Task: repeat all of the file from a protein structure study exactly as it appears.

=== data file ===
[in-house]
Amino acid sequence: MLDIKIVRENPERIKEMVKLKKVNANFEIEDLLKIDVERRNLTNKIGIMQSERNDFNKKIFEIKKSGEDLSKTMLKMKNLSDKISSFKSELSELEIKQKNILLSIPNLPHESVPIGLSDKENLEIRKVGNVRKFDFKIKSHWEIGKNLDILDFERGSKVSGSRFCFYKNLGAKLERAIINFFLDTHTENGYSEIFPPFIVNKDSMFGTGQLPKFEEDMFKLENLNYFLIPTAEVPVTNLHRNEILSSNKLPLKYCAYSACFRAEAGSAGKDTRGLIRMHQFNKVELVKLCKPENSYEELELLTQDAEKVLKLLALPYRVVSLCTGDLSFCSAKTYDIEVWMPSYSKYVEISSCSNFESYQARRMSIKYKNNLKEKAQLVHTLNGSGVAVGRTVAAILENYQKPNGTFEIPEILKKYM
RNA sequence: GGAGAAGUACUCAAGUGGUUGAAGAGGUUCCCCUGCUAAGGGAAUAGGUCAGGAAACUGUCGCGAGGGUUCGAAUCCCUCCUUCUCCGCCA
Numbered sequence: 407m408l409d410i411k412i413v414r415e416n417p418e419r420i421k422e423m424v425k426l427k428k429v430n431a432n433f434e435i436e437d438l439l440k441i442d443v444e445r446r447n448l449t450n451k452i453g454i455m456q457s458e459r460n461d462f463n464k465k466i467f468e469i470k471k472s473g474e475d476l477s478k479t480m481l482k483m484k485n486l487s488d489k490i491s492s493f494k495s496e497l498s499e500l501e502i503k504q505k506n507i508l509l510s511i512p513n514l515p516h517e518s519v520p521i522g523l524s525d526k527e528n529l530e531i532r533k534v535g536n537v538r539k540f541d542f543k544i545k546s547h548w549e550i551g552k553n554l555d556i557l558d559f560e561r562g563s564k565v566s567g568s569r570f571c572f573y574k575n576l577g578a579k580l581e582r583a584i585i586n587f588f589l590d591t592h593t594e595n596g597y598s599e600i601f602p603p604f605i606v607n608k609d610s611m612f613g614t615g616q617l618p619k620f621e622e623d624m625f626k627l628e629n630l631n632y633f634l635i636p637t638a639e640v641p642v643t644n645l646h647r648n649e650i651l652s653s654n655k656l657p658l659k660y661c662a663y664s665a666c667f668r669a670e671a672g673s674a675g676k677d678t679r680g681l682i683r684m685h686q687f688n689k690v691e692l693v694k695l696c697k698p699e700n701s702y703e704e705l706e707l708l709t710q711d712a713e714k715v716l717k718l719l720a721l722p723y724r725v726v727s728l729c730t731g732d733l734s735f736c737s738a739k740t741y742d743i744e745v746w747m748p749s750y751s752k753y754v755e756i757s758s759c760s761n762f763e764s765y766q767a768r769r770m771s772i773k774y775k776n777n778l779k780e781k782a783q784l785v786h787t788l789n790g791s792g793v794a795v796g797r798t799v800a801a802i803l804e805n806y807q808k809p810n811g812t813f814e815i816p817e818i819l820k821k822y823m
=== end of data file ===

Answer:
[in-house]
Amino acid sequence: MLDIKIVRENPERIKEMVKLKKVNANFEIEDLLKIDVERRNLTNKIGIMQSERNDFNKKIFEIKKSGEDLSKTMLKMKNLSDKISSFKSELSELEIKQKNILLSIPNLPHESVPIGLSDKENLEIRKVGNVRKFDFKIKSHWEIGKNLDILDFERGSKVSGSRFCFYKNLGAKLERAIINFFLDTHTENGYSEIFPPFIVNKDSMFGTGQLPKFEEDMFKLENLNYFLIPTAEVPVTNLHRNEILSSNKLPLKYCAYSACFRAEAGSAGKDTRGLIRMHQFNKVELVKLCKPENSYEELELLTQDAEKVLKLLALPYRVVSLCTGDLSFCSAKTYDIEVWMPSYSKYVEISSCSNFESYQARRMSIKYKNNLKEKAQLVHTLNGSGVAVGRTVAAILENYQKPNGTFEIPEILKKYM
RNA sequence: GGAGAAGUACUCAAGUGGUUGAAGAGGUUCCCCUGCUAAGGGAAUAGGUCAGGAAACUGUCGCGAGGGUUCGAAUCCCUCCUUCUCCGCCA
Numbered sequence: 407m408l409d410i411k412i413v414r415e416n417p418e419r420i421k422e423m424v425k426l427k428k429v430n431a432n433f434e435i436e437d438l439l440k441i442d443v444e445r446r447n448l449t450n451k452i453g454i455m456q457s458e459r460n461d462f463n464k465k466i467f468e469i470k471k472s473g474e475d476l477s478k479t480m481l482k483m484k485n486l487s488d489k490i491s492s493f494k495s496e497l498s499e500l501e502i503k504q505k506n507i508l509l510s511i512p513n514l515p516h517e518s519v520p521i522g523l524s525d526k527e528n529l530e531i532r533k534v535g536n537v538r539k540f541d542f543k544i545k546s547h548w549e550i551g552k553n554l555d556i557l558d559f560e561r562g563s564k565v566s567g568s569r570f571c572f573y574k575n576l577g578a579k580l581e582r583a584i585i586n587f588f589l590d591t592h593t594e595n596g597y598s599e600i601f602p603p604f605i606v607n608k609d610s611m612f613g614t615g616q617l618p619k620f621e622e623d624m625f626k627l628e629n630l631n632y633f634l635i636p637t638a639e640v641p642v643t644n645l646h647r648n649e650i651l652s653s654n655k656l657p658l659k660y661c662a663y664s665a666c667f668r669a670e671a672g673s674a675g676k677d678t679r680g681l682i683r684m685h686q687f688n689k690v691e692l693v694k695l696c697k698p699e700n701s702y703e704e705l706e707l708l709t710q711d712a713e714k715v716l717k718l719l720a721l722p723y724r725v726v727s728l729c730t731g732d733l734s735f736c737s738a739k740t741y742d743i744e745v746w747m748p749s750y751s752k753y754v755e756i757s758s759c760s761n762f763e764s765y766q767a768r769r770m771s772i773k774y775k776n777n778l779k780e781k782a783q784l785v786h787t788l789n790g791s792g793v794a795v796g797r798t799v800a801a802i803l804e805n806y807q808k809p810n811g812t813f814e815i816p817e818i819l820k821k822y823m